Sorry, Tampa Bay Rays, your World Series trophy is in another castle. Maybe near that new stadium site that might be a reality one of these years.
Four of the five teams in the AL East remained playoff contenders into mid-September. Can you guess the one that didn’t? Yep, these Rays, who at the time of this post were 64-86, the only sub-.500 team in the division. There has to be one, right?
Like we’ll do with every eliminated team in our Game Over series, we’re about to examine what went wrong for the Rays, what went right, what’s the best 2016 memory, what they need to fix and what the future might hold.
WHAT WENT WRONG
There were a number of poor outcomes for the Rays this season — they didn’t play particularly well in their division. Or on the road. They didn’t have a single winning month. But really, it all comes back to pitching. The Rays’ strength has always been on the mound and at the start of the season it looked like a rotation led by Chris Archer (who many people predicted as a Cy Young candidate) could be their path to success. The rotation featured high-upside arms such as Jake Odorizzi, Drew Smyly and Matt Moore. As a whole, they disappointed, with a 4.19 team ERA, ranking 18th in MLB. Archer has struck out a lot of batters, but his 4.05 ERA and 8-18 record ain’t winning the Cy Young. Odorizzi was pretty good, but Smyly and his 4.86 ERA didn’t take a step forward. Moore, as you’ll see below, contributed mostly by getting traded. (Mike Oz)
WHAT WENT RIGHT
There isn’t much that went right for the Rays, but their front office made a smart trade on Aug. 1 when they sent pitcher Matt Moore to the Giants and got back a package that included Lucius Fox (not the DC Comics character but the top international shortstop in 2015) and 2015 NL Rookie of the Year runner-up Matt Duffy. Both could definitely factor into their future. Back in their present, thirty-year-old third baseman Evan Longoria, who is signed with Tampa Bay through at least 2022, had his best year since 2012. Longoria has been worth 3.9 Wins Above Replacement, according to Baseball Reference, so he has singlehandedly prevented the Rays from losing 100 games. (Liz Roscher)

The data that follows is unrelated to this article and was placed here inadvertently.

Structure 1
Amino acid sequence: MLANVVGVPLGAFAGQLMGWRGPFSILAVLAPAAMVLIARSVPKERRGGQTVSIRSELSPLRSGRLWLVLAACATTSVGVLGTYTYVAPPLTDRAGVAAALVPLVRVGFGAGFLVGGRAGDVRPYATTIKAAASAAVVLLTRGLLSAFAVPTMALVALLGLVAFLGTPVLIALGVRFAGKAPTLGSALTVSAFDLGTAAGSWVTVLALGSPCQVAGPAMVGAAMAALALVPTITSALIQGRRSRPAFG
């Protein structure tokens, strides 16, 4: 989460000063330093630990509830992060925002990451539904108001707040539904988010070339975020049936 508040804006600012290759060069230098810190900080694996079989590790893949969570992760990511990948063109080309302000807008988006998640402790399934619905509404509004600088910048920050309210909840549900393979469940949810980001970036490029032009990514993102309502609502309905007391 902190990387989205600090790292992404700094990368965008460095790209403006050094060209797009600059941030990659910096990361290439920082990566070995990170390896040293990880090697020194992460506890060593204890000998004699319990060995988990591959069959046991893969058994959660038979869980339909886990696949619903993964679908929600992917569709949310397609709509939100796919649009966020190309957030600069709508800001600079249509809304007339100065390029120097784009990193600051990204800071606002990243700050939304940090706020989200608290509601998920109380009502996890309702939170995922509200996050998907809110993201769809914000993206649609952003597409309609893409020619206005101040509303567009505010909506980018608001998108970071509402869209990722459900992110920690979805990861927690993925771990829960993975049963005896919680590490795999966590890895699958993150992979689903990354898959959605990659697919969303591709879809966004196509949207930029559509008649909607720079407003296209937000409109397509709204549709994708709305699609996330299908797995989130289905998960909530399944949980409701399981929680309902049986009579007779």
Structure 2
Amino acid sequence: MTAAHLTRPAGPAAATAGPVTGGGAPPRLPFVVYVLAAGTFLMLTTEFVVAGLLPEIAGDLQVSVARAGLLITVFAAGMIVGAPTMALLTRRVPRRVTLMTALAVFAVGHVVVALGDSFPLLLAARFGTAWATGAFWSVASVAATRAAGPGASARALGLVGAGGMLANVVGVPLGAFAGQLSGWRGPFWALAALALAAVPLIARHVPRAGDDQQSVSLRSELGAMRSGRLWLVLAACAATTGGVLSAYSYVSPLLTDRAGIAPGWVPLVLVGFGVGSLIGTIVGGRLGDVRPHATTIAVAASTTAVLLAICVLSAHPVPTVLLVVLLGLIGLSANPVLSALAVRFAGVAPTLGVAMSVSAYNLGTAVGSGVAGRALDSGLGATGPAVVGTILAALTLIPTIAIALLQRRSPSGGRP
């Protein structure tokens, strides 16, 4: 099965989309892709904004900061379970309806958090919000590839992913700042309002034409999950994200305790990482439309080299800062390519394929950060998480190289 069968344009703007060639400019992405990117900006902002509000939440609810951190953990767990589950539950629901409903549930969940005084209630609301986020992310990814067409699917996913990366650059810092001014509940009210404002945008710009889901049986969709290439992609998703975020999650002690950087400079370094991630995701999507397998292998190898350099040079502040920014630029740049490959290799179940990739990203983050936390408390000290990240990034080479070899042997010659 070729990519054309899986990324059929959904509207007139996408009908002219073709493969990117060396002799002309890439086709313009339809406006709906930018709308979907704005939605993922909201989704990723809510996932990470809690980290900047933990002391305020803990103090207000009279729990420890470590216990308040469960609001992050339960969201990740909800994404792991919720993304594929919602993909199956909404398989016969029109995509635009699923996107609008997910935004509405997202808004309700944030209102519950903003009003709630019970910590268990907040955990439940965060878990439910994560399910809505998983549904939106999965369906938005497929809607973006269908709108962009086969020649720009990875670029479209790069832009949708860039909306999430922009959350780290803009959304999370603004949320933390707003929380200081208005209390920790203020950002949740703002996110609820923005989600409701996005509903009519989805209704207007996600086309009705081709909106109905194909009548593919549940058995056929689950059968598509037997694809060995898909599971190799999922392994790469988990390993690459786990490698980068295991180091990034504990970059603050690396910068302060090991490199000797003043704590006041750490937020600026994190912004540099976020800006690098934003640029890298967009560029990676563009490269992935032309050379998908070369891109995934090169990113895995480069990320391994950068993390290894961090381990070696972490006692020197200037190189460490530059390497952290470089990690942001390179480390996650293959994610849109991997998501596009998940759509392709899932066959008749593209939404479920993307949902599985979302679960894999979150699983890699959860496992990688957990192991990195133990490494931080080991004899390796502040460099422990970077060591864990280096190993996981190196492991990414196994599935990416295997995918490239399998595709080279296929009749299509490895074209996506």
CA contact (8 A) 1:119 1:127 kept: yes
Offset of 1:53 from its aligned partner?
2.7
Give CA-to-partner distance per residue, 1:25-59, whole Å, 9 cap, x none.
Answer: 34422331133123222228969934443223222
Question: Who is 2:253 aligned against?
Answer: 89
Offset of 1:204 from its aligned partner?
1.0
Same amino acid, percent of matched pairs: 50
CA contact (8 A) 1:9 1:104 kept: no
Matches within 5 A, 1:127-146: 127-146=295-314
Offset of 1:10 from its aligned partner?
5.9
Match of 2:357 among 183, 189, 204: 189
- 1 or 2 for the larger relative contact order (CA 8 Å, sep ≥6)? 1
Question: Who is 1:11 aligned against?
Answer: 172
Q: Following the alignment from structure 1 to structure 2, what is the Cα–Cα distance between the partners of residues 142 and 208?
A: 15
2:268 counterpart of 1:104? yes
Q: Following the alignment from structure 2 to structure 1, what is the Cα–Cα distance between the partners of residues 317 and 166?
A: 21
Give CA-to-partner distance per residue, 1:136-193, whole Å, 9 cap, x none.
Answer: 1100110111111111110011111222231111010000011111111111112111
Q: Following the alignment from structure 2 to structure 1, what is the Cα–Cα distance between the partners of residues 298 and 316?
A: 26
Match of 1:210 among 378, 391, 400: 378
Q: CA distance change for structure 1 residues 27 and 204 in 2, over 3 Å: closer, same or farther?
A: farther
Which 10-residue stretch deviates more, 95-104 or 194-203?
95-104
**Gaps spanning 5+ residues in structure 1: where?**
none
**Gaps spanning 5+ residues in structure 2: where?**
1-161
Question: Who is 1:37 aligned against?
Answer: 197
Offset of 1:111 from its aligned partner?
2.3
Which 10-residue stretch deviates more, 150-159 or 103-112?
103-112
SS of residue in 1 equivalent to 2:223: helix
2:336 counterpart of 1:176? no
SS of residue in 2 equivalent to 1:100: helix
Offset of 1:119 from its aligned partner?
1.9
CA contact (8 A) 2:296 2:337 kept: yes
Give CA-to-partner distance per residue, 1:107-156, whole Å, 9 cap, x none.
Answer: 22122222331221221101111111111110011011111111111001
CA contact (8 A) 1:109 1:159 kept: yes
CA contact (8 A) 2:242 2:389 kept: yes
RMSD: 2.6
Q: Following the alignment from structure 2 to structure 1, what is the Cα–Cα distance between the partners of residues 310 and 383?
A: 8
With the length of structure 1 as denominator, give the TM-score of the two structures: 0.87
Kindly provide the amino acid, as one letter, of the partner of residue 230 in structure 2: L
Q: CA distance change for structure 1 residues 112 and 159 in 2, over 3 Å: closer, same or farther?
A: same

TOP OF THE FLAGPOLE (aka THEIR BEST MOMENT)
It wasn’t a regular season game but its significance went well beyond baseball. The Rays visited Havana in March to play an exhibition game against the Cuban national team. How big of a deal was it? President Barack Obama was in attendance, as he became the first U.S. president to make a trip to Cuba since 1928, and Derek Jeter was there, too. Tampa Bay won 4-1, but the final score was far from what was the most important on this day. The game was a symbol of the improving diplomatic relations between the two countries and the hope is that a mutual love of baseball can help that relationship blossom. (Israel Fehr)
CHANGES THEY NEED TO MAKE
During the Joe Maddon and Andrew Friedman years, we knew the Rays as overachievers. Now it seems like they’ve become inconsistent and possibly complacent as they wrap up their third straight losing season.
One reason the Rays always remained relevant was their ability to restock and rebuild on the fly. There was always another crop of prospects ready to make an immediate impact and keep the ball rolling. That’s been missing lately, as they’ve struggled in the draft and have yet to see great returns from the David Price or Wil Myers trades. This is an organization that must build from the ground up. Right now though, there’s no foundation. (Mark Townsend)
WARP INTO THE FUTURE
There are a few youngsters, however, to be excited about: Blake Snell made his major-league debut in 2016 and the future looks bright. Sure, he could cut down on his walk rate a bit, but everything else about Snell says top-of-the-rotation talent. His fastball can reach 95 mph from the left side, and he complements that with a strong slider, curve and improving changeup. An already strong rotation added another talented youngster this year.
Shortstop Willy Adames and pitcher Brent Honeywell should also join the club next year. They don’t have the same upside as Snell, but both could prove to be solid major-league contributors. Honeywell throws a screwball, so that’s pretty neat. (Chris Cwik)
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